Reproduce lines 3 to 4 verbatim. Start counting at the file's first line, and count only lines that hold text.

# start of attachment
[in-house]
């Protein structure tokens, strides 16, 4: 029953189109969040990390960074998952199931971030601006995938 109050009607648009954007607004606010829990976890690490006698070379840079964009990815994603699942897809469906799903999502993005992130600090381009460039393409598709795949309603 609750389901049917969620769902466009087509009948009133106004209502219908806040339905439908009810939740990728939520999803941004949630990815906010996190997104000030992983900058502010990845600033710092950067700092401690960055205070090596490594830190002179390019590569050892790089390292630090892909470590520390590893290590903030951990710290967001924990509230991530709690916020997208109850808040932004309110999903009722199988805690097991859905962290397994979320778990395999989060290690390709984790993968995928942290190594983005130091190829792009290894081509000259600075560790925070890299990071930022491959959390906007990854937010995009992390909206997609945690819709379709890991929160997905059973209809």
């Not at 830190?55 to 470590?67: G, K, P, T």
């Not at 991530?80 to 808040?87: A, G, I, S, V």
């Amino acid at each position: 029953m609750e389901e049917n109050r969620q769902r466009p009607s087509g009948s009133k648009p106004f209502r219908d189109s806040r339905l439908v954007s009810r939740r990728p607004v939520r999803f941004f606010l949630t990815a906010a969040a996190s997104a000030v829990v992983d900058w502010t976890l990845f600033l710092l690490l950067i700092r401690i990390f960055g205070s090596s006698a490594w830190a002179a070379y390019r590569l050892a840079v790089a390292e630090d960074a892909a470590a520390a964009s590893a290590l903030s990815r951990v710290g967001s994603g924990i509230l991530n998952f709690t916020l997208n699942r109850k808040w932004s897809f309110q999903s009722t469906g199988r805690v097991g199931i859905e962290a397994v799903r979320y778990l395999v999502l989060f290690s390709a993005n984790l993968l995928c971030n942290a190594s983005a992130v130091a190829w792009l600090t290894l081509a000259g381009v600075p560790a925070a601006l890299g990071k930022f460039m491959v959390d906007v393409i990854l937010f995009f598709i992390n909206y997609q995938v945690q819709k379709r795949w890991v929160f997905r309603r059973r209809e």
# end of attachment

């Not at 830190?55 to 470590?67: G, K, P, T």
């Not at 991530?80 to 808040?87: A, G, I, S, V």